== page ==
About 217,000 results
George F. McLean - 1996 - 432 pages
|It is true that in such a philosophy anguish and despair play a very important part |
in that they ultimately lead to the insight that man is a useless passion, that he
tries in vain to materialize the synthesis of the For- itself and the In-itself and ...
|Thus the passion of man is the reverse of that of Christ, for man loses himself as |
man in order that God may be born. But the idea of God is contradictory and we
lose ourselves in vain. Man is a useless passion.1 Man would be both ...
|of this freedom in the contingency of human existence motivated by its |
ontological passion. ... and Nothingness, giving as an example the much quoted
phrase: “Man is a useless passion,” which received hostile comments not really
on account ...
|Sartre's best-known comment on passion is probably the provocative 'Man is a |
useless passion' from L'Etre et le Néant (EN, 708/615), which forms part of his
discussion of our futile yearning to achieve simultaneous freedom and identity in
Charles B. Guignon - 1999 - 325 pages
|Does not Sartre declare, in effect, that man is a "useless passion," that he tries in |
vain to realize the synthesis of the for-oneself and the in-oneself, to make himself
God? Man's passion is useless; he has no means for becoming the being that ...
|In the very act of stating that "Man is a useless passion," isn't Sartre implying that |
any remark any human might make must also be merely useless? If being human
is a useless passion, then Sartre's own remark to that effect must certainly also ...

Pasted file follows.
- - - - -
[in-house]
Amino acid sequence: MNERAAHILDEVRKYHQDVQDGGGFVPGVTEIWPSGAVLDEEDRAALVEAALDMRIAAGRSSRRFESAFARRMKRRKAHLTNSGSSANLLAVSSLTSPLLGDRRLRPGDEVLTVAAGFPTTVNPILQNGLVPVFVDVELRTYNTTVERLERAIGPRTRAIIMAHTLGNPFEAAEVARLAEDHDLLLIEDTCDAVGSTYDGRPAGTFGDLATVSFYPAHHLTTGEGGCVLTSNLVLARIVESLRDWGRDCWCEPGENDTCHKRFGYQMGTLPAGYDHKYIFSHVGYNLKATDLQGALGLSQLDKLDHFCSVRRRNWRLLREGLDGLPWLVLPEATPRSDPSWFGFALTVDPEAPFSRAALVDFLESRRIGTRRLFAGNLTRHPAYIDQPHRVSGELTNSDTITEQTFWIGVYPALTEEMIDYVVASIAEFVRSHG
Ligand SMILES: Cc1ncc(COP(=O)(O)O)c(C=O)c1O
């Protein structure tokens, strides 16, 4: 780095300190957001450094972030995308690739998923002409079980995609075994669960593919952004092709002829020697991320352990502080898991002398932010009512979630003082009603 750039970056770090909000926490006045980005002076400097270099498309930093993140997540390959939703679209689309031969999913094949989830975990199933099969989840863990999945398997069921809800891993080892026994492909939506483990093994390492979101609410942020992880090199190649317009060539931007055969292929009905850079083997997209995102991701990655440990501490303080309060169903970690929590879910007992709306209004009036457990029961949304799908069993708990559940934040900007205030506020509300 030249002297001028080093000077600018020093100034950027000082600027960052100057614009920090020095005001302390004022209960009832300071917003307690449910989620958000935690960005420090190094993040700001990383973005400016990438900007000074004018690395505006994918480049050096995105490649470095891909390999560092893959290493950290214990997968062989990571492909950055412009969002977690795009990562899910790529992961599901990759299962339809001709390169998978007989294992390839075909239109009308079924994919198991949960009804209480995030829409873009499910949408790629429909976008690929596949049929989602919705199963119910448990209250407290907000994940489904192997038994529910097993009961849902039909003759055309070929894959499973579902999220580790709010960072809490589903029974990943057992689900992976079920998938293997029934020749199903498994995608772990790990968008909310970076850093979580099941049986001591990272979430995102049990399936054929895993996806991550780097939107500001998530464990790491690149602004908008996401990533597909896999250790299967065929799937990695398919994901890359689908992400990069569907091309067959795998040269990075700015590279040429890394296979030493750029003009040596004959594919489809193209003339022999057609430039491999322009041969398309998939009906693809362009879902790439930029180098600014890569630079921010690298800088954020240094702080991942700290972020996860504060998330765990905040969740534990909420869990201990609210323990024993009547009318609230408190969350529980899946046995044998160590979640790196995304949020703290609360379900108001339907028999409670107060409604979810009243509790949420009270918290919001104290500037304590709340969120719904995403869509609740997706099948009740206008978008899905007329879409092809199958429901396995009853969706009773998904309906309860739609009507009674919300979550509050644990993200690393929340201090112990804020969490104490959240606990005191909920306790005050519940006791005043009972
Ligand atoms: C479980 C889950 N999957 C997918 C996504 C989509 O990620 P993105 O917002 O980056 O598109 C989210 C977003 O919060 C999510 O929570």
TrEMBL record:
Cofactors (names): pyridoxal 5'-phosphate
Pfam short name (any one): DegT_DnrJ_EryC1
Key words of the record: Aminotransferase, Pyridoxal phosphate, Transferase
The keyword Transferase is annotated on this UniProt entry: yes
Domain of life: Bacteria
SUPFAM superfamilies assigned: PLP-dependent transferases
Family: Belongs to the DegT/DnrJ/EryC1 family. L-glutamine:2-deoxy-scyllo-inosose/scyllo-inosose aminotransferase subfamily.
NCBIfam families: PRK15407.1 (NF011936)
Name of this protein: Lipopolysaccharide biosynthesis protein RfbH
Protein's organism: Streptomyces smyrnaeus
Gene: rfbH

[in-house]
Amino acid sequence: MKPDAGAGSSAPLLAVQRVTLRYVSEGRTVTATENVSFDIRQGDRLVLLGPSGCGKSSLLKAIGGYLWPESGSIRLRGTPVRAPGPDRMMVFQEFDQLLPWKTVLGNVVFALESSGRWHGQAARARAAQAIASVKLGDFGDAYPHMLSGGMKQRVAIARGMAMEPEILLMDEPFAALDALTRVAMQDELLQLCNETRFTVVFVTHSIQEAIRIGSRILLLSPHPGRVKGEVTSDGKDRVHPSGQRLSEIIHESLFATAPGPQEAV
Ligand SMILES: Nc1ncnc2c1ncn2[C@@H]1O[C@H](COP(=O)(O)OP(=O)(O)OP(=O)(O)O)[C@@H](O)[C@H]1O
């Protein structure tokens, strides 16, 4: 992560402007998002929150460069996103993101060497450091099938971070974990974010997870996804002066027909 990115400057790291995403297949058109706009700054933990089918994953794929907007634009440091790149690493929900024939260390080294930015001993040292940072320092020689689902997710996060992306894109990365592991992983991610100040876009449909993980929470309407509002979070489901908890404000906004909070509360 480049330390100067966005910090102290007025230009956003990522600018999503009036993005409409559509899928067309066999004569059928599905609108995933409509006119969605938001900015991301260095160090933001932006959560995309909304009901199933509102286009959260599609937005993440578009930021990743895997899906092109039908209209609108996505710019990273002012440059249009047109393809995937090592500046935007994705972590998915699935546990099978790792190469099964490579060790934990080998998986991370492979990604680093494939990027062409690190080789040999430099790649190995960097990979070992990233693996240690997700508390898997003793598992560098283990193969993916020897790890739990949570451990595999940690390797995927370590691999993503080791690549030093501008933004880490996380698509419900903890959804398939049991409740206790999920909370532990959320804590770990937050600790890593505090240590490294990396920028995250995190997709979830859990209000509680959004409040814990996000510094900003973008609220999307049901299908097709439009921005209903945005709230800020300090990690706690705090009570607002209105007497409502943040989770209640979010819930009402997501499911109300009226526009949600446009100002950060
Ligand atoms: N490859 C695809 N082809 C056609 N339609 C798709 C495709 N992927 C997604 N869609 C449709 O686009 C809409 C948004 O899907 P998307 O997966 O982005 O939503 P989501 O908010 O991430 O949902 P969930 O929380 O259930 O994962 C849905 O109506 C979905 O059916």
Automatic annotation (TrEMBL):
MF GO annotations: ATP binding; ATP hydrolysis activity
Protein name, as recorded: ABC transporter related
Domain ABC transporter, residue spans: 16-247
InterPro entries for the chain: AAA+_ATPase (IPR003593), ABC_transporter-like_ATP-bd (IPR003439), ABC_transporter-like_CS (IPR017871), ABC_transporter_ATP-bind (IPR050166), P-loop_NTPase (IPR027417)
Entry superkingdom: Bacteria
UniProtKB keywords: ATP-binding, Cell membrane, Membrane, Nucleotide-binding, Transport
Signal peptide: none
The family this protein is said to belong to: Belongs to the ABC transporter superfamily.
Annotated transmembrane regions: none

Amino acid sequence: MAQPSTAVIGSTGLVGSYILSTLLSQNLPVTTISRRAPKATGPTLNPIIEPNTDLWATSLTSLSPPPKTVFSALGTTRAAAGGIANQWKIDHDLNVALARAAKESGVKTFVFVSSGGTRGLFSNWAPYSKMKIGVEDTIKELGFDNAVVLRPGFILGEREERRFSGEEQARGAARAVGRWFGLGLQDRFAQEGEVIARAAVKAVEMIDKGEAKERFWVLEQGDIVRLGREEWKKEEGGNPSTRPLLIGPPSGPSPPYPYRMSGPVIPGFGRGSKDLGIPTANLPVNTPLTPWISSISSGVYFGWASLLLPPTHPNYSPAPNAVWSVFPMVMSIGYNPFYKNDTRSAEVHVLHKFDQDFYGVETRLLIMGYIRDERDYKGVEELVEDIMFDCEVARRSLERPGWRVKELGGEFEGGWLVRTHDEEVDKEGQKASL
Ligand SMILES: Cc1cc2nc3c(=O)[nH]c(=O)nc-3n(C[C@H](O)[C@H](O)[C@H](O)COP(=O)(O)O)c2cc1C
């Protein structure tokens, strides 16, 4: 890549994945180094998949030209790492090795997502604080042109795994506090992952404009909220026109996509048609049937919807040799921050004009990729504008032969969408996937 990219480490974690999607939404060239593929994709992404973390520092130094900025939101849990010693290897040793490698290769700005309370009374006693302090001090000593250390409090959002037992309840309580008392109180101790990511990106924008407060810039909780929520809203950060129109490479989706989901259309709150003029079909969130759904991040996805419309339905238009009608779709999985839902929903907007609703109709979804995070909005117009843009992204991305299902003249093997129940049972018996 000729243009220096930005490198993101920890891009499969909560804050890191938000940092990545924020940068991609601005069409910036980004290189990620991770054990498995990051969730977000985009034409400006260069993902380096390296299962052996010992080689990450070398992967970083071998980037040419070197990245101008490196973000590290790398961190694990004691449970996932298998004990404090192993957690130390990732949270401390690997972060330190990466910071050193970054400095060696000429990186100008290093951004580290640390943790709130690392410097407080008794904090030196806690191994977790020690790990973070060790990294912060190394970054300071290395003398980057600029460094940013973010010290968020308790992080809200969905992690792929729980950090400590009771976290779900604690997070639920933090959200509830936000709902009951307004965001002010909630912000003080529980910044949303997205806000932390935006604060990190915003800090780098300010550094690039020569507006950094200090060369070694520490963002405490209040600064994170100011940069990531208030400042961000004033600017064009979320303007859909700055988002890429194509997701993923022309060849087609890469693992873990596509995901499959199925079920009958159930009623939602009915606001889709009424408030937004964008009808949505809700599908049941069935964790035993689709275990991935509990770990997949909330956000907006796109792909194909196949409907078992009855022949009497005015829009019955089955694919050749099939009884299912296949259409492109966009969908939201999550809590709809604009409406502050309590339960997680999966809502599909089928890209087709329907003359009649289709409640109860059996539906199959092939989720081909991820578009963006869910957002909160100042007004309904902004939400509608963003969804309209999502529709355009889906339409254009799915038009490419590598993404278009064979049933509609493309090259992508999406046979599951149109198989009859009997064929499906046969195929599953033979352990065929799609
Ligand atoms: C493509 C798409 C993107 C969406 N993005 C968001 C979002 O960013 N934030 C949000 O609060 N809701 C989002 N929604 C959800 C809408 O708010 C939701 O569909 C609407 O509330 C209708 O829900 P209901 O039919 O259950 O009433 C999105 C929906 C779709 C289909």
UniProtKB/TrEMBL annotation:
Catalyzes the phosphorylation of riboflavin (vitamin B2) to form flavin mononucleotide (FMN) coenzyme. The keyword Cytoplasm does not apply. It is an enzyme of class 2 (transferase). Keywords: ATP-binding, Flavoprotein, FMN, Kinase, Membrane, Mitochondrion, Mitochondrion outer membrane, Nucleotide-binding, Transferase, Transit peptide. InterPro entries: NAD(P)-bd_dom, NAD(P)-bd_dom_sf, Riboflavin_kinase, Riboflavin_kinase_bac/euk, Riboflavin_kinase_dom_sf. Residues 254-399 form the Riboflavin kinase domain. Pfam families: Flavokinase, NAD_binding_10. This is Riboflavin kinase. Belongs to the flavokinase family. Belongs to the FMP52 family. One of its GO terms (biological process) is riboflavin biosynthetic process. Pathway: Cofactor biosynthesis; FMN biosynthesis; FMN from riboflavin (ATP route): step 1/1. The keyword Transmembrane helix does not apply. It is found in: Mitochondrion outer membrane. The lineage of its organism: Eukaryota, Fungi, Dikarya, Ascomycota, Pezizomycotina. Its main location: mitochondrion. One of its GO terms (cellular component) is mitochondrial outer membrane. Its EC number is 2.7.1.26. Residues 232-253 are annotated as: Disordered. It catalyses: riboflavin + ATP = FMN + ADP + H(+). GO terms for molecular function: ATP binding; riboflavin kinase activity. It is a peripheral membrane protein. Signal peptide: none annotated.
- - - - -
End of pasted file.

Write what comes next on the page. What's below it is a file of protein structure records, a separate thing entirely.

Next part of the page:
|In the Christian story of the Passion, God becomes human in the person of Christ |
and then allows Christ to be sacrificed on the cross so that humanity can be freed
from ... Sartre sums this up in the slogan 'man is a useless passion' (B&N: 636).
|"The passion of man is the reverse of that of Christ," Sartre insists, "for man loses |
himself as man in order that God may be born. But the idea of God is
contradictory and we lose ourselves in vain. Man is a useless passion," he
Dr Alastair McIntosh, Dr Rose Roberts, Dr Lewis Williams - 2012 - 452 pages
|But the idea of God is contradictory and we lose ourselves in vain. Man is a |
useless passion” (Sartre 1969: 615). I stress, again, that these lines are not
peripheral: they are the conclusion of his argument. The preceding argument is
|Disciple: Sartre believes that the fate of the world depends on man's decisions ... |
Disciple: Many people call Sartre's philosophy pessimistic because he maintains
that man is a “useless passion” vainly striving in a universe without a purpose.